For a long time, I felt like I was waiting. Waiting for change. Waiting for a saviour. Waiting for it to all go wrong. Just living on tenterhooks. Too concerned about the next catastrophe to enjoy the sunshine. On reflection, most of those worries never came true. I spent vast amounts of time living beyond the moment. Living in fear. In angst. But they never came to pass. The things that did arise were unsighted. Often things I wouldn’t have thought about. Yet still, I managed to come through them. That is an incredible testament to the life and character changing potential of quitting drinking and taking the helm. Dearing to venture into waters that the tales I told myself stopped me from exploring. The world I have seen and the life I have been fortunate to live thus far brings a smile to my face in the moments of silence. No longer are my thoughts of worry and regret. Of shame and guilt. They are of a sense of daring and sometimes winning and sometimes losing. That is life.
It’s crazy to even write that I am sure the future will be alright. Whatever happens, I will be able to make it work. That’s because I have done so for the last seven years since I quit drinking. Trial and error. As long as I didn’t drink.

I have found my weaknesses and my strengths. I have admitted defeat and accepted mental health issues. I’ve learned to accept I can’t go it alone and need to reach out for help once in a while. I’ve learned that not all people are as villainous and treacherous as I once thought. Some are though. I’ve learned that good friends are hard to come by. And the ones who encouraged me to pursue my potential. Who created belief, when all I had was doubt. It is those people to who I owe it all. I often thought I was going it alone. That I was battling the elements and trying to navigate the perilous waters of life without a crew. But it is when the storms hit and I am struggling. This is when I see who has my interests at heart. Tough times are great lessons.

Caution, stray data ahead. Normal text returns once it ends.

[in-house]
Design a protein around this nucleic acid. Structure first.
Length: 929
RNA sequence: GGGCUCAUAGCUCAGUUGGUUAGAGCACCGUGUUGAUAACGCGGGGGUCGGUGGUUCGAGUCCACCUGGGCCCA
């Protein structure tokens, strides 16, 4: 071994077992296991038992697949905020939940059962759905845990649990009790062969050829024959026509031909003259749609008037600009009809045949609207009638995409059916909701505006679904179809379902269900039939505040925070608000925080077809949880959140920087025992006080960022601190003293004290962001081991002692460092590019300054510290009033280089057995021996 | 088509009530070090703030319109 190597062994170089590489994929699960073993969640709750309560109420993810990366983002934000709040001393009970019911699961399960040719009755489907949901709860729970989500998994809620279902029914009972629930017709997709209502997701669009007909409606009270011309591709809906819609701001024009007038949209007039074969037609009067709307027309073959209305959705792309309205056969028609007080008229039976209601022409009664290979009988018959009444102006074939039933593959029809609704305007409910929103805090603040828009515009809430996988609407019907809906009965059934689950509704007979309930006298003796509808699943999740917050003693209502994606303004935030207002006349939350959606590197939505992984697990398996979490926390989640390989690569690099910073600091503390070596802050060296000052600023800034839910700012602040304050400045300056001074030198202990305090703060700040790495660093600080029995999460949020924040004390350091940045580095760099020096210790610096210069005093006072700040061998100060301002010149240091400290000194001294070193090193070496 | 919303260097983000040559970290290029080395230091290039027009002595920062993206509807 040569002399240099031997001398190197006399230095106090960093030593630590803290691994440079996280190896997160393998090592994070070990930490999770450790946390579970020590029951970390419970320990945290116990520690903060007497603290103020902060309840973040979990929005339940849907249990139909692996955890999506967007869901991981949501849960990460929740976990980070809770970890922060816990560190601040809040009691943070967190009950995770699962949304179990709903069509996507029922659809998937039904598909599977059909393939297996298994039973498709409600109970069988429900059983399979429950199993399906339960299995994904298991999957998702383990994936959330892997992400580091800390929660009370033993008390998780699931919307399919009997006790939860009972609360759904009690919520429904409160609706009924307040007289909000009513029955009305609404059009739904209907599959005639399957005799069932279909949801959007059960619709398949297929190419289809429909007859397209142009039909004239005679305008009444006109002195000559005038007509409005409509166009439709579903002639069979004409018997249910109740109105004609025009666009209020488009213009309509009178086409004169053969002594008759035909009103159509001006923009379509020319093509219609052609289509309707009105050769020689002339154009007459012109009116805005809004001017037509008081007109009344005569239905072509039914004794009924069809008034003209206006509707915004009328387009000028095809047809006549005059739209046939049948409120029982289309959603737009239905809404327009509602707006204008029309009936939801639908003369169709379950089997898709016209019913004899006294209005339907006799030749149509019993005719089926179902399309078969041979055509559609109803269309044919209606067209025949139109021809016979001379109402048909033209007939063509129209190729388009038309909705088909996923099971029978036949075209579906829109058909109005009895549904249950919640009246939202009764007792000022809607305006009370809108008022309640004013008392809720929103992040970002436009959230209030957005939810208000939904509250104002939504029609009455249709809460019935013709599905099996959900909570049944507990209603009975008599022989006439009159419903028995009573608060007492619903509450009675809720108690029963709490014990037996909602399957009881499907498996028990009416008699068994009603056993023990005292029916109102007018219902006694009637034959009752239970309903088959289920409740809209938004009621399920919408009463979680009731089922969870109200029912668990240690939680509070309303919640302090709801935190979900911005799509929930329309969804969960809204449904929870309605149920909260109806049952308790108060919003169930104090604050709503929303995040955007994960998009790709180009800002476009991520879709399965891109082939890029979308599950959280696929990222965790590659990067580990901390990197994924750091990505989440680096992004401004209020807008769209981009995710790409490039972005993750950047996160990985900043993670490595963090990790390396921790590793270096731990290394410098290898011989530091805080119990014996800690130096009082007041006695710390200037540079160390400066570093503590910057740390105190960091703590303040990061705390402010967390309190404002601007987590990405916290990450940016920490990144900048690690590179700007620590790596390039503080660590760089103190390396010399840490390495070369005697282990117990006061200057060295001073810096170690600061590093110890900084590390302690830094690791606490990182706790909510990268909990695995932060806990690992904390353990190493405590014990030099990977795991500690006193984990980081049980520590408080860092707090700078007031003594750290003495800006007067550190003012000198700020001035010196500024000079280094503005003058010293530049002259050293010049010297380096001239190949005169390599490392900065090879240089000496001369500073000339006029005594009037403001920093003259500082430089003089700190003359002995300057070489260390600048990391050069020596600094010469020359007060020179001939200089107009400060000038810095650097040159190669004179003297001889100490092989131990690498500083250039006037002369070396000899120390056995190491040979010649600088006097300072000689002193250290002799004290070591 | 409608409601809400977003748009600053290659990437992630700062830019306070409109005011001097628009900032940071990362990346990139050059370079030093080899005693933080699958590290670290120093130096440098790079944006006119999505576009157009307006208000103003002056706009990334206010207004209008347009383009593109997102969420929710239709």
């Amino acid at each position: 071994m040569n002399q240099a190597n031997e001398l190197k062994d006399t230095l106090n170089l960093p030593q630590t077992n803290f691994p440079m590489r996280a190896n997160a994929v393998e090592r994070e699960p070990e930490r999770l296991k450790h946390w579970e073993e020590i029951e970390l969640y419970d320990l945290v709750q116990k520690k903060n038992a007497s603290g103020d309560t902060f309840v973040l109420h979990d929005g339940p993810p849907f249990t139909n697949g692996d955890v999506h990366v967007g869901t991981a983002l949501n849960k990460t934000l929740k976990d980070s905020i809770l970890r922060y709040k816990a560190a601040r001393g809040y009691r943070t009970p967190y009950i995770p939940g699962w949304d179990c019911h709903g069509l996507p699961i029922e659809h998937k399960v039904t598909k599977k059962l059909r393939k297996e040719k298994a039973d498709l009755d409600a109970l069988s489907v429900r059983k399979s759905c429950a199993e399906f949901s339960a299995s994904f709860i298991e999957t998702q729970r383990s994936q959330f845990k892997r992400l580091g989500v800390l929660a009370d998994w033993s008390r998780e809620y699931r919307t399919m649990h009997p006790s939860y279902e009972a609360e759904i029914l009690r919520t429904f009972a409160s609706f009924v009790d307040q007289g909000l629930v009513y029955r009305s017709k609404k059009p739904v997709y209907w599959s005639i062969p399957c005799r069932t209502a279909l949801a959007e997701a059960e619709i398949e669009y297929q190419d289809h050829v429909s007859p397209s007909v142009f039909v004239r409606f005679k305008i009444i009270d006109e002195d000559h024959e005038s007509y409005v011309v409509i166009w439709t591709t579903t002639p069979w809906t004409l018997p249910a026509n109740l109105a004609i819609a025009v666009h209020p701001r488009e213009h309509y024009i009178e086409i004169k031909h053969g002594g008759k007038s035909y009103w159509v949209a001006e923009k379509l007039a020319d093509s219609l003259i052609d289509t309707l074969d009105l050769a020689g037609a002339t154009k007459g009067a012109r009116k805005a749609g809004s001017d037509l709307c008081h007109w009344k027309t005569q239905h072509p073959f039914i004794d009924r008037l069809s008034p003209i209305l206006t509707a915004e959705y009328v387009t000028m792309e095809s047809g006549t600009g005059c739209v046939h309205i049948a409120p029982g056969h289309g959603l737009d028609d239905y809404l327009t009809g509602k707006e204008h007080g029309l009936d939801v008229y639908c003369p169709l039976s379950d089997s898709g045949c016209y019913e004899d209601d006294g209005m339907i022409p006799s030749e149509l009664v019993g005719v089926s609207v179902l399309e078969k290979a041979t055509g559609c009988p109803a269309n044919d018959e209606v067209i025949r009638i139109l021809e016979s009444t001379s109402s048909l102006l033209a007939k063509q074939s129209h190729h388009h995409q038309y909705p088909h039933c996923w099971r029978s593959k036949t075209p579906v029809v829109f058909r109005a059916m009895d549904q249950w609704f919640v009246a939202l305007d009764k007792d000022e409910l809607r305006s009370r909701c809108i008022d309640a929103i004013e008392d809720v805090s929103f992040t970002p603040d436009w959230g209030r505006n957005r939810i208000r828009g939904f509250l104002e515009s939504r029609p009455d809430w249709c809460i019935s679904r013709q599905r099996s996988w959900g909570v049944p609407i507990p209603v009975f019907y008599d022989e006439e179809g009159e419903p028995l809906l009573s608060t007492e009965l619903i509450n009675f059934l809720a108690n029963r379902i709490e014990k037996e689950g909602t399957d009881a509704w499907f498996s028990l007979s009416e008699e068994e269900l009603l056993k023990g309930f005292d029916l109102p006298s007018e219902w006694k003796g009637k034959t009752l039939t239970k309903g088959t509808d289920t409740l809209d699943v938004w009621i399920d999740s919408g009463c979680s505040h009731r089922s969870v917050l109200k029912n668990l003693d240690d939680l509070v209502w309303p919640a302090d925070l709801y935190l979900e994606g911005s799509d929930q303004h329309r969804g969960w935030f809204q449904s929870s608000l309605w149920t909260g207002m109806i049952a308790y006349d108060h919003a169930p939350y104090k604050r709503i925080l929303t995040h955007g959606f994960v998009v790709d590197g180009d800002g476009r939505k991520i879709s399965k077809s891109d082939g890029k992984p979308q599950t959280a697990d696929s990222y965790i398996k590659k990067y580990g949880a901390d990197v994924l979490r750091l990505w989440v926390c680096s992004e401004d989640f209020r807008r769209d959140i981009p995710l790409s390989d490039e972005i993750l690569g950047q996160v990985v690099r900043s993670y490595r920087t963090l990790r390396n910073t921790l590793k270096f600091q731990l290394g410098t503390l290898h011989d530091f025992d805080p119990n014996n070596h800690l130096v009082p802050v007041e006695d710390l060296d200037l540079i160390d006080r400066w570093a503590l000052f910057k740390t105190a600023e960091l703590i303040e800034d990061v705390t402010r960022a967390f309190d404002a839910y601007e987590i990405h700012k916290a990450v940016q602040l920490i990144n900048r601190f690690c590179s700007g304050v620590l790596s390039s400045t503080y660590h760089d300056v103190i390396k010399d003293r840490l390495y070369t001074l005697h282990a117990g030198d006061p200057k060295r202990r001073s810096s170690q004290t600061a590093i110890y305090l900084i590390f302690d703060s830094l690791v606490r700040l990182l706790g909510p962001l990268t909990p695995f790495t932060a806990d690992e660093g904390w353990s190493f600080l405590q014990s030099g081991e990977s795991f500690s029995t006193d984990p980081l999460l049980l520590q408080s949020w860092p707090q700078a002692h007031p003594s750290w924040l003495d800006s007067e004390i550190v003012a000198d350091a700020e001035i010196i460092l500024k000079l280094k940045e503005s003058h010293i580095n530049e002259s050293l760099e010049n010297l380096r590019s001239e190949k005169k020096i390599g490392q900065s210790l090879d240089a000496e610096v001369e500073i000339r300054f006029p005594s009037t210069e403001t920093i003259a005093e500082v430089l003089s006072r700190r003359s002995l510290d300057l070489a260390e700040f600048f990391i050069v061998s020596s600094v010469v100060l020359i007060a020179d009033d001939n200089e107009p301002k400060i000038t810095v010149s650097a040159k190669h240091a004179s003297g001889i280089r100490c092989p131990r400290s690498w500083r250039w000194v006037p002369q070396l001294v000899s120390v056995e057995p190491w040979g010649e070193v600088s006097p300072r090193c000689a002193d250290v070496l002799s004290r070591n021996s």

I have been fortunate to learn through my recent hard times, not only who my friends are, but also how much of an impact I have had on other people. More positively than negatively thankfully. The feedback I received recently let me see how the hardships of my life have been useful to others. The dark times when I felt damned to a life of punishment have become lessons of hope for others. The long crawl back from the rock bottom of debt, drunkenness and destruction was not for nothing. To realise that there is meaning in all the years of torment make it a little easier to accept. Students I gave life advice to, who, years later, remember it fondly and have incorporated it into their life is all I set out to achieve. I couldn’t have done it whilst drinking. I was a reckless selfish prick with a single ambition during my drinking days. To be of value to others I must not drink. To gain value in myself I have to not drink. To reach my goals and dreams I must not drink. To get what I deserve I must not drink. To steer this ship through the stormy waters of life I must not drink. Not because I can escape danger but because I have more chance of dealing with it if I am clear-headed.

I use the ship and water analogy because I was once smashed against the rocks. Now I am standing at the bow pointing fearlessly at the horizon. Excited about the future. No longer fearful of the dangers of the next wave.

Charlie